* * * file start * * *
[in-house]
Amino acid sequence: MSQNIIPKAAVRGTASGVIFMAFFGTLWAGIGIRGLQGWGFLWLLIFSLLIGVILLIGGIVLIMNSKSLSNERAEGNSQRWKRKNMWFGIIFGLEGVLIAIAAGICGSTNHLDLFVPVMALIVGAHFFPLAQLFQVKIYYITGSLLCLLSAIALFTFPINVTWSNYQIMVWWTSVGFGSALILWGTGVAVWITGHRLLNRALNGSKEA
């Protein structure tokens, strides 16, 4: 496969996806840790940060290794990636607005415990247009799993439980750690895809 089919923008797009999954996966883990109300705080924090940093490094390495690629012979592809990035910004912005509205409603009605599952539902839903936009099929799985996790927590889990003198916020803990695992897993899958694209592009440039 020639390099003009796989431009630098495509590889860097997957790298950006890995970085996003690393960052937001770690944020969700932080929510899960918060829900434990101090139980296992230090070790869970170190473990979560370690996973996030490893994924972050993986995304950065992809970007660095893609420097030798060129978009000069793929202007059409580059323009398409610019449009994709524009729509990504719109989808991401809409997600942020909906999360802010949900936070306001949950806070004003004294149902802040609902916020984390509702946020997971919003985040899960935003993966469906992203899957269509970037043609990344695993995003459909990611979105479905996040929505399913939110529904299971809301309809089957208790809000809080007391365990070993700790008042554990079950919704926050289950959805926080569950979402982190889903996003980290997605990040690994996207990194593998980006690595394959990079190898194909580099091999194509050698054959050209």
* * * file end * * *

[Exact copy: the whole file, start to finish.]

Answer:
[in-house]
Amino acid sequence: MSQNIIPKAAVRGTASGVIFMAFFGTLWAGIGIRGLQGWGFLWLLIFSLLIGVILLIGGIVLIMNSKSLSNERAEGNSQRWKRKNMWFGIIFGLEGVLIAIAAGICGSTNHLDLFVPVMALIVGAHFFPLAQLFQVKIYYITGSLLCLLSAIALFTFPINVTWSNYQIMVWWTSVGFGSALILWGTGVAVWITGHRLLNRALNGSKEA
């Protein structure tokens, strides 16, 4: 496969996806840790940060290794990636607005415990247009799993439980750690895809 089919923008797009999954996966883990109300705080924090940093490094390495690629012979592809990035910004912005509205409603009605599952539902839903936009099929799985996790927590889990003198916020803990695992897993899958694209592009440039 020639390099003009796989431009630098495509590889860097997957790298950006890995970085996003690393960052937001770690944020969700932080929510899960918060829900434990101090139980296992230090070790869970170190473990979560370690996973996030490893994924972050993986995304950065992809970007660095893609420097030798060129978009000069793929202007059409580059323009398409610019449009994709524009729509990504719109989808991401809409997600942020909906999360802010949900936070306001949950806070004003004294149902802040609902916020984390509702946020997971919003985040899960935003993966469906992203899957269509970037043609990344695993995003459909990611979105479905996040929505399913939110529904299971809301309809089957208790809000809080007391365990070993700790008042554990079950919704926050289950959805926080569950979402982190889903996003980290997605990040690994996207990194593998980006690595394959990079190898194909580099091999194509050698054959050209």